[17:33:05] ANA CABRERA, CNN ANCHOR: This is a big moment for CNN. The first ever comedy special is happening on Memorial Day. And Colin Quinn, "RED STATE, BLUE STATE," is the name, created by and starring comedian, Colin Quinn. He takes a look at the sometimes-nasty rhetoric creating so much division in America today. And you wonder if the United States should actually stay united after all. Here is a preview.


COLIN QUINN, COMEDIAN & CNN HOST, "RED STATE, BLUE STATE": And I understand it's sad breaking up the United States. But we're already broken up. This would just be acknowledging it. We're already tribal. There's tribes already. It is over.

Liberal. Conservative. White. Black. Latino. Asian. Wall Street. Main Street. The working poor. The forgotten middle class. Feminists. Soccer mans. Bernie bros. Dad bods. Man tips; Mom Jeans.


Muffin Tops. Uni-brow. The paleo, cardio, keto, intersectional trans-vegan.

We're more tribal than 18th century Afghanistan.




CABRERA: Colin Quinn, the man, is here with me right now. Colin, for somebody like you, who is really always searching for the

odd and the absurd and really the unprecedented nature of things when it comes to politics, this must be the grave days for you. It must be that a stack just dropped in front of you every day.

QUINN: Because of Trump, you mean?

CABRERA: Yes, and politics in general that we're seeing right now.



CABRERA: Well, not just Trump but politics, in general.

QUINN: Well, yes, I mean, it is -- first of all, Trump is a blessing and a curse, because everybody is talking about him all the time. So with comedy when you say something that is in the news, on every comedy, you have to be -- you know what I mean, you have to be very spare about it and you have to try to find out. And like I said --


CABRERA: Almost like over stimulation.

QUINN: Yes. And you say it, and everybody said, I said that joke yesterday, Marge. Marge, I'm attacking a woman named Marge all these years.

[17:35:08] But, yes, but also, like I say, in the show, the problem began before Trump and it is going to be after Trump. Trump is just a symptom of what goes on in this country. Which is that people have different opinions. And they don't get along. You know what I mean? Why should they?

CABRERA: When you talk about -- when you talk about material, I think of what happened this week -- and there were a couple of moments that I thought, wow, they were striking.

Let's start with the HUD secretary, Ben Carson, appeared before Congress, and the conversation turned to Oreos. Let's watch.

QUINN: Right.


REP. KATIE PORTER (D-CA): But I'd also like you to get back to me, if you don't mind, to describe the disparity of REO rates. Do you know what an REO is?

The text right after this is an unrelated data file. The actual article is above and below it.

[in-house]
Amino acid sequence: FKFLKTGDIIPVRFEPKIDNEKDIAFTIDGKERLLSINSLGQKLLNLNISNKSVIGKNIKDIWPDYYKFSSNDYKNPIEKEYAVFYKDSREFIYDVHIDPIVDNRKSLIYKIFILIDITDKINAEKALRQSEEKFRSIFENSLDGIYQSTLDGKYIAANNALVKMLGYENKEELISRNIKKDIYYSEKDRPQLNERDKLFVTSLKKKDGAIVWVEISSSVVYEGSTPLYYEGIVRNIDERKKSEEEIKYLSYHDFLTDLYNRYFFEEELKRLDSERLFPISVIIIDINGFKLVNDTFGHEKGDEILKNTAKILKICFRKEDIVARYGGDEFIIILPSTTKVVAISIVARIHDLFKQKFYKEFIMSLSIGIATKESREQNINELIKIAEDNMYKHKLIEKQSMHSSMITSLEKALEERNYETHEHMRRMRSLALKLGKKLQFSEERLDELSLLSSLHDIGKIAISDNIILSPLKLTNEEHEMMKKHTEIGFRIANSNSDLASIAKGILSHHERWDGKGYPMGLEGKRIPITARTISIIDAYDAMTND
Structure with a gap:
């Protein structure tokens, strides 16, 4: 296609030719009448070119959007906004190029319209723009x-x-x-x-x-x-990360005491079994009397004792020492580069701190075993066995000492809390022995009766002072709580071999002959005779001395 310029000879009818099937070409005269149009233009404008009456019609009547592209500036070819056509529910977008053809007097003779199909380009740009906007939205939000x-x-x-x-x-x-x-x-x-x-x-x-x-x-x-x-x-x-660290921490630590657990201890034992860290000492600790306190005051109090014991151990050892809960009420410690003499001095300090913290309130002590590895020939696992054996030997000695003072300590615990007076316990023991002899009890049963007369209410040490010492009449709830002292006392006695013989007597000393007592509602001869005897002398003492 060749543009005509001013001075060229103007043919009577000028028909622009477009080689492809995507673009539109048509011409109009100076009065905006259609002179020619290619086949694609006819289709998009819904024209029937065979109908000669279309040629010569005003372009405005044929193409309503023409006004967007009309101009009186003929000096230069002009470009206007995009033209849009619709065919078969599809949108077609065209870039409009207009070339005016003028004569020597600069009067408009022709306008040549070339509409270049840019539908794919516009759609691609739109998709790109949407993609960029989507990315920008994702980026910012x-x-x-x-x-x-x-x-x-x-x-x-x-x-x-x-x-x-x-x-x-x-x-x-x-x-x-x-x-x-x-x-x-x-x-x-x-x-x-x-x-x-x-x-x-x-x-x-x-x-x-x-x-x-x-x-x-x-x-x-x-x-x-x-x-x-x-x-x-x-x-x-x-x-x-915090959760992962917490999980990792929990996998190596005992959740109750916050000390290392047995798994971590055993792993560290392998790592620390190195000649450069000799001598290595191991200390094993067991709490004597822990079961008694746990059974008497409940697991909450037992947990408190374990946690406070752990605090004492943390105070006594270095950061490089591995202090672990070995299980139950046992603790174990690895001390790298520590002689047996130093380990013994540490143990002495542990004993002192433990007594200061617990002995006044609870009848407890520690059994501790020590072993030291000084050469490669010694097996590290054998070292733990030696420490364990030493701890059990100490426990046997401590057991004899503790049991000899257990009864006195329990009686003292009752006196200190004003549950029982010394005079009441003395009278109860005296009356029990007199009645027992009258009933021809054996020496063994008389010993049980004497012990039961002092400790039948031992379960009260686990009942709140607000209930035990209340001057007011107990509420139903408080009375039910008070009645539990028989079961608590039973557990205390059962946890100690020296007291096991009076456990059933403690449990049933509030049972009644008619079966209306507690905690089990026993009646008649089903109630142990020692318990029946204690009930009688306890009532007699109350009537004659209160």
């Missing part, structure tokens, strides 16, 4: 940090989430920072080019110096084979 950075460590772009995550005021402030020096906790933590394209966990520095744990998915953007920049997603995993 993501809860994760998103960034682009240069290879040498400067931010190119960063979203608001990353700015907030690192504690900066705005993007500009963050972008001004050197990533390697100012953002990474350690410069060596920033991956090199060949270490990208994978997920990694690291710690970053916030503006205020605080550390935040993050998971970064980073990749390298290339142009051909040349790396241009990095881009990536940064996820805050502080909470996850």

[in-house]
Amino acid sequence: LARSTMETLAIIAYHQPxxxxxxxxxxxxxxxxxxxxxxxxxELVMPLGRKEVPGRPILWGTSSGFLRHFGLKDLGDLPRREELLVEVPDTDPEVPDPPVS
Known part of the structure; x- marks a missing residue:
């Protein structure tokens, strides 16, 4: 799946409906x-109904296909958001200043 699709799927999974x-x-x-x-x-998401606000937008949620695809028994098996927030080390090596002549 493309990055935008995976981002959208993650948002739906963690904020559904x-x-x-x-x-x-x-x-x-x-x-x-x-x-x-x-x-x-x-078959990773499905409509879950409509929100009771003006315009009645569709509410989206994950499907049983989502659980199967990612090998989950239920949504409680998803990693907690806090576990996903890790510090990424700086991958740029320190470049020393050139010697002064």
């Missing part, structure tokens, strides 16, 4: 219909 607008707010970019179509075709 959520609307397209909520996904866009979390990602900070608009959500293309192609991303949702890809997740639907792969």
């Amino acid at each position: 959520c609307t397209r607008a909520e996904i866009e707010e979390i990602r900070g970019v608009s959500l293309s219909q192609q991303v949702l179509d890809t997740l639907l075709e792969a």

PORTER: R -- no, not an Oreo. And REO, REO.

CARSON: Real estate.

PORTER: What's the "O" stand for.

CARSON: The organization?

PORTER: Real estate owned.


CABRERA: OK. And then there was this moment, when President Trump went around the room, asking his advisers about his temperament.


DONALD TRUMP, PRESIDENT OF THE UNITED STATES: Kellyanne, what was my temperament yesterday.


TRUMP: What was my energy when I walked in?

UNIDENTIFIED FEMALE: You were very calm and you were very direct.

TRUMP: What was my attitude yesterday at the meeting?

UNIDENTIFIED MALE: Kellyanne is right. You were very calm.


CABRERA: That was after Nancy Pelosi, the House speaker, said he had a tantrum.

QUINN: Right, right.

CABRERA: I mean these moments must be like -- seem like they're straight out of "SNL." They must be comedy gold, right?

QUINN: That's like late-night-show comedy gold.

CABRERA: It looked straight out of "SNL" to me.

QUINN: Yes. But what my show is really about is our reaction to things, more than the actual -- these temporary things that happen. You know what I mean? It is more like what we're going to do, if we are going to break up. So these little things that happen, daily, they're good for like late-night shows and stuff like that, but not my show.

CABRERA: What do you take away those then when it comes to your show?


CABRERA: What do you take away from those moments?

QUINN: I don't think about those moments. It has nothing to do with what I'm doing. I mean, they --


CABRERA: Do you have to be a voracious reader of newspapers or just watching the news?

QUINN: Yes, I mean you do, but it is also, it is more about like -- it is more like I said, it is more about the people -- like it is more about people than it is about -- like one of the big instincts that happens, like, oh, the politicians are the problem, and my show is like, no, we're all involved in this. We're all complicit in what goes on in our society. So it is more like that kind of a show.


QUINN: It sounds boring but it is funny.

CABRERA: And let's get to more of your show. And I want to play another clip from "RED STATE, BLUE STATE." This is your take on the American two-party system. Let's watch.


QUINN: John Adams said the two-party system is the greatest political evil under our Constitution. George Washington cautioned in his farewell address against excessive political party spirit and geographical distinction. Wise words. Did they tell us what to do about it? They did not. They just said it. And they died.


Now, they left us to figure it out.


Real geniuses.


America, two parties. Still, all these years later, two parties.

There's 350 million people and there's two parties.

There's 15 genders, and there's two parties.